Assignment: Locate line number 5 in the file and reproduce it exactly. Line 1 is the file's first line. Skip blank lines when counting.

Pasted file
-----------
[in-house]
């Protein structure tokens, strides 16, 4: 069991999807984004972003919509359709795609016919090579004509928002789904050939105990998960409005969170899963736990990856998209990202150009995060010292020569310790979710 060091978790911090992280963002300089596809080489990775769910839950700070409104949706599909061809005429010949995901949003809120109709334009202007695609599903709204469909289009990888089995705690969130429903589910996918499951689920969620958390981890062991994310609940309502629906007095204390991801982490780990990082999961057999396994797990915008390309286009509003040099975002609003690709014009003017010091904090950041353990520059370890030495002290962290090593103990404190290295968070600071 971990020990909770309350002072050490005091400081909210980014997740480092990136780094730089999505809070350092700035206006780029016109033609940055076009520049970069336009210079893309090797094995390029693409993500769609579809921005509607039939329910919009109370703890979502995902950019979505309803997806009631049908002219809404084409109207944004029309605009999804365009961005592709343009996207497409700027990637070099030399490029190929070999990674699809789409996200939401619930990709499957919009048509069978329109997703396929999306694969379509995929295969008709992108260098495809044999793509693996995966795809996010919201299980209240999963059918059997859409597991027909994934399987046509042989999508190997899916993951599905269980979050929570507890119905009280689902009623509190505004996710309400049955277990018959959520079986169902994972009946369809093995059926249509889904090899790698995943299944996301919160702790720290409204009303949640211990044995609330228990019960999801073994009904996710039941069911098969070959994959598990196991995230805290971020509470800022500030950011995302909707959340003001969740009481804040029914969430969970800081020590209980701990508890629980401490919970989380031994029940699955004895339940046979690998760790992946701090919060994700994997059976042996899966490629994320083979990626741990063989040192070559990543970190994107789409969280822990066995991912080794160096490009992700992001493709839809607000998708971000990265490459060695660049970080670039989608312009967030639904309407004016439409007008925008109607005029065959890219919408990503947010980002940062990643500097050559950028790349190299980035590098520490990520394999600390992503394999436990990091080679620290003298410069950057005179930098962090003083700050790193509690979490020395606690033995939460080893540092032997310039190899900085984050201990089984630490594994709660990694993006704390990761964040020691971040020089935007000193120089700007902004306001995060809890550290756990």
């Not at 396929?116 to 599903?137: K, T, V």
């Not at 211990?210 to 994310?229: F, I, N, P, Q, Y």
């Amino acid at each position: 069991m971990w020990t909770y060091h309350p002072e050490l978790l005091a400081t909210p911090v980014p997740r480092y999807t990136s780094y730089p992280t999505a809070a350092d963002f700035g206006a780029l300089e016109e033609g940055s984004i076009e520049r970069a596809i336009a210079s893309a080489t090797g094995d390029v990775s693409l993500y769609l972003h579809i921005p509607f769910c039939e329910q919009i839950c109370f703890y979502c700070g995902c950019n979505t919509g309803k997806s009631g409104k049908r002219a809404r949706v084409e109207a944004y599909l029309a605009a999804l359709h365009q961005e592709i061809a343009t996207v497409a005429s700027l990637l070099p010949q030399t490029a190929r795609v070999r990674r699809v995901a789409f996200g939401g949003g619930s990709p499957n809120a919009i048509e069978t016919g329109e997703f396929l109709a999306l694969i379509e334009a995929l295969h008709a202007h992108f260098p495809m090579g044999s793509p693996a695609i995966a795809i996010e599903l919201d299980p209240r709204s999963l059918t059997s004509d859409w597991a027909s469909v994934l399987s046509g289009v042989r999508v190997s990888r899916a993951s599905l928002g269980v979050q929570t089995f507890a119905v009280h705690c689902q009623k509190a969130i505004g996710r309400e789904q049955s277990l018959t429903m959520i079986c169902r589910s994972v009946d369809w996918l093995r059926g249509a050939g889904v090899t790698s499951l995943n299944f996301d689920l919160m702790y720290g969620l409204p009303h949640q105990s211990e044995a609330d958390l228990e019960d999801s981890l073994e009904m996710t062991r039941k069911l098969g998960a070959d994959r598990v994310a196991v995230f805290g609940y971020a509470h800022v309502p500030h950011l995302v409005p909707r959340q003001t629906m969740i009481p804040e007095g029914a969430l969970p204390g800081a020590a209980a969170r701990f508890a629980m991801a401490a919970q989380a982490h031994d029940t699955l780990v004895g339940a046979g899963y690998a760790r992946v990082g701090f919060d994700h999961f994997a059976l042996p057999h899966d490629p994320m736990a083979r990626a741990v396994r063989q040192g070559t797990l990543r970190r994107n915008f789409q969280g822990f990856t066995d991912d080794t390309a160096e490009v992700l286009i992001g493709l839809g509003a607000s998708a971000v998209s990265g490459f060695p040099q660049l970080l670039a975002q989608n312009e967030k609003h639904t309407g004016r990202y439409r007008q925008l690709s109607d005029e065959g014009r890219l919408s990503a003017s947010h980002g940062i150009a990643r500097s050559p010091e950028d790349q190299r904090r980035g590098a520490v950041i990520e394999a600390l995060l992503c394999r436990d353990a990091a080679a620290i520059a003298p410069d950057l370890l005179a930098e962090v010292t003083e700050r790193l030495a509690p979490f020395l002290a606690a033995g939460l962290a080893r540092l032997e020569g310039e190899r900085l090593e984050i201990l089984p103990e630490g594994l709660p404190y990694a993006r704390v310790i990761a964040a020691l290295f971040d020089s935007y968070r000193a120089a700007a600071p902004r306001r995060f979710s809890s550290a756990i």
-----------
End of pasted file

């Amino acid at each position: 069991m971990w020990t909770y060091h309350p002072e050490l978790l005091a400081t909210p911090v980014p997740r480092y999807t990136s780094y730089p992280t999505a809070a350092d963002f700035g206006a780029l300089e016109e033609g940055s984004i076009e520049r970069a596809i336009a210079s893309a080489t090797g094995d390029v990775s693409l993500y769609l972003h579809i921005p509607f769910c039939e329910q919009i839950c109370f703890y979502c700070g995902c950019n979505t919509g309803k997806s009631g409104k049908r002219a809404r949706v084409e109207a944004y599909l029309a605009a999804l359709h365009q961005e592709i061809a343009t996207v497409a005429s700027l990637l070099p010949q030399t490029a190929r795609v070999r990674r699809v995901a789409f996200g939401g949003g619930s990709p499957n809120a919009i048509e069978t016919g329109e997703f396929l109709a999306l694969i379509e334009a995929l295969h008709a202007h992108f260098p495809m090579g044999s793509p693996a695609i995966a795809i996010e599903l919201d299980p209240r709204s999963l059918t059997s004509d859409w597991a027909s469909v994934l399987s046509g289009v042989r999508v190997s990888r899916a993951s599905l928002g269980v979050q929570t089995f507890a119905v009280h705690c689902q009623k509190a969130i505004g996710r309400e789904q049955s277990l018959t429903m959520i079986c169902r589910s994972v009946d369809w996918l093995r059926g249509a050939g889904v090899t790698s499951l995943n299944f996301d689920l919160m702790y720290g969620l409204p009303h949640q105990s211990e044995a609330d958390l228990e019960d999801s981890l073994e009904m996710t062991r039941k069911l098969g998960a070959d994959r598990v994310a196991v995230f805290g609940y971020a509470h800022v309502p500030h950011l995302v409005p909707r959340q003001t629906m969740i009481p804040e007095g029914a969430l969970p204390g800081a020590a209980a969170r701990f508890a629980m991801a401490a919970q989380a982490h031994d029940t699955l780990v004895g339940a046979g899963y690998a760790r992946v990082g701090f919060d994700h999961f994997a059976l042996p057999h899966d490629p994320m736990a083979r990626a741990v396994r063989q040192g070559t797990l990543r970190r994107n915008f789409q969280g822990f990856t066995d991912d080794t390309a160096e490009v992700l286009i992001g493709l839809g509003a607000s998708a971000v998209s990265g490459f060695p040099q660049l970080l670039a975002q989608n312009e967030k609003h639904t309407g004016r990202y439409r007008q925008l690709s109607d005029e065959g014009r890219l919408s990503a003017s947010h980002g940062i150009a990643r500097s050559p010091e950028d790349q190299r904090r980035g590098a520490v950041i990520e394999a600390l995060l992503c394999r436990d353990a990091a080679a620290i520059a003298p410069d950057l370890l005179a930098e962090v010292t003083e700050r790193l030495a509690p979490f020395l002290a606690a033995g939460l962290a080893r540092l032997e020569g310039e190899r900085l090593e984050i201990l089984p103990e630490g594994l709660p404190y990694a993006r704390v310790i990761a964040a020691l290295f971040d020089s935007y968070r000193a120089a700007a600071p902004r306001r995060f979710s809890s550290a756990i």